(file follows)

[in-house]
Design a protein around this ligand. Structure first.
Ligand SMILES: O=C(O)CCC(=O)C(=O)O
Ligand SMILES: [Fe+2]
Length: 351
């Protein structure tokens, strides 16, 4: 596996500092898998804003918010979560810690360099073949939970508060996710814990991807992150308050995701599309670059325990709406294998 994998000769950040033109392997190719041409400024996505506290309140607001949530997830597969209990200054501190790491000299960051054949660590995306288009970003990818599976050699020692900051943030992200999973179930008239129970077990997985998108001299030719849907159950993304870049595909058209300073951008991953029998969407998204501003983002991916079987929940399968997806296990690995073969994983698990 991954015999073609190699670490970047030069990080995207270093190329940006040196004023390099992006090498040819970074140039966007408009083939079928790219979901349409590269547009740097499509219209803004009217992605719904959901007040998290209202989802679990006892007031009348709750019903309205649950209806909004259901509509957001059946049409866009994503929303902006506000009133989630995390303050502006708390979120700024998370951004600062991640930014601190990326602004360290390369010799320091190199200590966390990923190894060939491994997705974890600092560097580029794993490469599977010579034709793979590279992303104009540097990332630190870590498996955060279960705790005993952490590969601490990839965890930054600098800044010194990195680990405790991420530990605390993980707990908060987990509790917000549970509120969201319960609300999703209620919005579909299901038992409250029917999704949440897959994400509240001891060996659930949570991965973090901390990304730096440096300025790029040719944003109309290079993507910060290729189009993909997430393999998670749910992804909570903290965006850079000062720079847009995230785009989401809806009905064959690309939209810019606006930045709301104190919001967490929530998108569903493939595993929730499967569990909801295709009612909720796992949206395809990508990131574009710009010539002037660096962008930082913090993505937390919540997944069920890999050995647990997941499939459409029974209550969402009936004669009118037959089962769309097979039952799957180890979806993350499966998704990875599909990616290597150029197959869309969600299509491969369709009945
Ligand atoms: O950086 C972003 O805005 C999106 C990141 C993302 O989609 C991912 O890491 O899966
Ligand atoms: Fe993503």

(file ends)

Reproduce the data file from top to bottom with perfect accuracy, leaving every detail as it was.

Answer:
[in-house]
Design a protein around this ligand. Structure first.
Ligand SMILES: O=C(O)CCC(=O)C(=O)O
Ligand SMILES: [Fe+2]
Length: 351
């Protein structure tokens, strides 16, 4: 596996500092898998804003918010979560810690360099073949939970508060996710814990991807992150308050995701599309670059325990709406294998 994998000769950040033109392997190719041409400024996505506290309140607001949530997830597969209990200054501190790491000299960051054949660590995306288009970003990818599976050699020692900051943030992200999973179930008239129970077990997985998108001299030719849907159950993304870049595909058209300073951008991953029998969407998204501003983002991916079987929940399968997806296990690995073969994983698990 991954015999073609190699670490970047030069990080995207270093190329940006040196004023390099992006090498040819970074140039966007408009083939079928790219979901349409590269547009740097499509219209803004009217992605719904959901007040998290209202989802679990006892007031009348709750019903309205649950209806909004259901509509957001059946049409866009994503929303902006506000009133989630995390303050502006708390979120700024998370951004600062991640930014601190990326602004360290390369010799320091190199200590966390990923190894060939491994997705974890600092560097580029794993490469599977010579034709793979590279992303104009540097990332630190870590498996955060279960705790005993952490590969601490990839965890930054600098800044010194990195680990405790991420530990605390993980707990908060987990509790917000549970509120969201319960609300999703209620919005579909299901038992409250029917999704949440897959994400509240001891060996659930949570991965973090901390990304730096440096300025790029040719944003109309290079993507910060290729189009993909997430393999998670749910992804909570903290965006850079000062720079847009995230785009989401809806009905064959690309939209810019606006930045709301104190919001967490929530998108569903493939595993929730499967569990909801295709009612909720796992949206395809990508990131574009710009010539002037660096962008930082913090993505937390919540997944069920890999050995647990997941499939459409029974209550969402009936004669009118037959089962769309097979039952799957180890979806993350499966998704990875599909990616290597150029197959869309969600299509491969369709009945
Ligand atoms: O950086 C972003 O805005 C999106 C990141 C993302 O989609 C991912 O890491 O899966
Ligand atoms: Fe993503």